Here is the next of the beautiful, inspiring, special contributions coming in to the #MandalasForMarinke remembrance project. I am grateful for each and every amazing contribution. You are invited to join; learn more here.
Beautiful Crochet Mandala
My very favorite thing about this terrific crochet mandala is the set of three flower buttons set slightly off center! Adore this touch.
Meet the Maker
This precious crochet mandala comes from Debi Y. of Dly’s Hooks and Yarns. You’ve seen her on this blog before, when I’ve shared her various patterns over the years. In fact, last year I gave her my Awesome Crochet Blogger Award for Best Crochet Baby Patterns. At that time I wrote about her:
“Debi’s blog is a mixture of her work, notes on her life, links to things she things we may like and free crochet patterns. She’s been blogging steadily for seven years. Recently she switched over to the joy of Instagram (@debi_y) but she still plans to share crochet patterns on her blog.”
Debi wrote the above message for this project, which reads:
“Marinke (Wink) was a beautiful girl. She will be missed.”
I once quoted Debi on this blog as saying:
“We crochet squares, hats, scarves, and blankets to donate so those in need can feel the warmth and comfort of someone who cares. We crochet for others before we crochet for ourselves.”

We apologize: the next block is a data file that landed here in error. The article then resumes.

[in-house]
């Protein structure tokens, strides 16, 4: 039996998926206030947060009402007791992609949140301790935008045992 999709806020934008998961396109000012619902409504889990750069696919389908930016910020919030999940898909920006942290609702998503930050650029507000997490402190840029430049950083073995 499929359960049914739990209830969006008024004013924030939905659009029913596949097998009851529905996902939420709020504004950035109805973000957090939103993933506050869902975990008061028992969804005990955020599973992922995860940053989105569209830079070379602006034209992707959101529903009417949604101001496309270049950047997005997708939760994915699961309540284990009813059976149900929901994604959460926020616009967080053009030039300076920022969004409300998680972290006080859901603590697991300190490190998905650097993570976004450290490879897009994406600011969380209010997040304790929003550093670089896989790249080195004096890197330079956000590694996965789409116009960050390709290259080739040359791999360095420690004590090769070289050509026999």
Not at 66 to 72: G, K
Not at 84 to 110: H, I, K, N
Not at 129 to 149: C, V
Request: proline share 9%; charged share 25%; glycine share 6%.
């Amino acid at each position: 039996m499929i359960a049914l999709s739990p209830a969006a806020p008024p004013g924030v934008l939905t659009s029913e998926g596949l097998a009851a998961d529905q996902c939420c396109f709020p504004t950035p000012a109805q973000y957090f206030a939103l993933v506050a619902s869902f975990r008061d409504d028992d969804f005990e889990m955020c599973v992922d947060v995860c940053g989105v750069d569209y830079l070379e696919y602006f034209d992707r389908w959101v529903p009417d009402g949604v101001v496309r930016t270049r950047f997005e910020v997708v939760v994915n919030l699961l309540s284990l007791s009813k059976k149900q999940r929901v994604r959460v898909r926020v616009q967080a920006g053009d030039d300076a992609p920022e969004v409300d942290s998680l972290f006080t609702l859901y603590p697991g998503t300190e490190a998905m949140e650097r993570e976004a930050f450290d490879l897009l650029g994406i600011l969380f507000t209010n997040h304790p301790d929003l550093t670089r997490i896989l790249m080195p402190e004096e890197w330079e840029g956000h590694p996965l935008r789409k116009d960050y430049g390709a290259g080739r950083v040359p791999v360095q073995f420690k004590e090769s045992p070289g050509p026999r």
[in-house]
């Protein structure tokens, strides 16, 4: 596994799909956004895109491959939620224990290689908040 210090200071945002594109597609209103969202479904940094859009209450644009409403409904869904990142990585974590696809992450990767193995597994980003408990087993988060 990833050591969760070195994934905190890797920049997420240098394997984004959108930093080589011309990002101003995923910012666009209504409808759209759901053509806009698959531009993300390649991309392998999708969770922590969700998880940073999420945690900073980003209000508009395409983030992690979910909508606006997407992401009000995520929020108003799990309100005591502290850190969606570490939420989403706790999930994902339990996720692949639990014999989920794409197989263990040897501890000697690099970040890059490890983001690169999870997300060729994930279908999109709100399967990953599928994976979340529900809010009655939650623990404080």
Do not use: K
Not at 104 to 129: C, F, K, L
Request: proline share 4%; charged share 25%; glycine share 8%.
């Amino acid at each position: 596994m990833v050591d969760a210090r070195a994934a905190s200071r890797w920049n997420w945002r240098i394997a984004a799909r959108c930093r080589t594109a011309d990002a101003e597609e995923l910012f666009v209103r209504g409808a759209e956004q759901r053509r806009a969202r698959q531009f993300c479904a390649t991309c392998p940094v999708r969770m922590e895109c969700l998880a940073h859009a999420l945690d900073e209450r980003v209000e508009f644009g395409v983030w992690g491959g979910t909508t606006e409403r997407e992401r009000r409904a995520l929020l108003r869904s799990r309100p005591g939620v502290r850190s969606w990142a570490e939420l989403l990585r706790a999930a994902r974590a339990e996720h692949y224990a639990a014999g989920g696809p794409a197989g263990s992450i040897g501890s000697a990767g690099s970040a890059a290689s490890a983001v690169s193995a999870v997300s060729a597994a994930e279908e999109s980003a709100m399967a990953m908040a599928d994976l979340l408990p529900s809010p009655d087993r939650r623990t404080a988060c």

Words by Wink
Wink made a crochet flower tutorial for Tuts+, at the end of which she wrote:
“Now that you know how to make a simple crochet flower, there is only one thing you can do next: make more flowers! These little cuties are perfect to brighten up an outfit, decorate a journal, or stick to a gift for your best friend. They are very versatile and a great excuse to experiment working with multiple colors!”
One purpose of this project is to raise awareness about depression so each post will end with some facts, thoughts or quotes about depression, suicide and/or mental health. Today let’s talk about depression in menopause.
Julie Dargan writing for HuffPo says:
“The perimenopausal period is associated with a higher vulnerability for depression, with risk rising from early to late perimenopause and decreasing during postmenopause. Women with a history of depression are up to five times more likely to have a MDD (Major Depressive Disorder) diagnosis during this time period.”
And one menopause site says: “Women ages 45 to 55 are four times more likely to have depression than women who have not yet reached that stage in life.”
There are differing opinions on what causes an increase in depression during perimenopause but one likely reason is the change in hormones; Magnolia Miller points out that estrogen levels are linked with serotonin levels so when estrogen falls, so does serotonin.
There are various options for treating depression in menopause, just as there are with treating all other depression and include the same types of things (therapy, medication, self-care, and a combination of these) as well as hormone replacement therapy (which is controversial among some people.
All contributions to Mandalas for Marinke are welcome and will help raise awareness about depression while honoring her work in the same way that this great contribution has done today. Details to join here.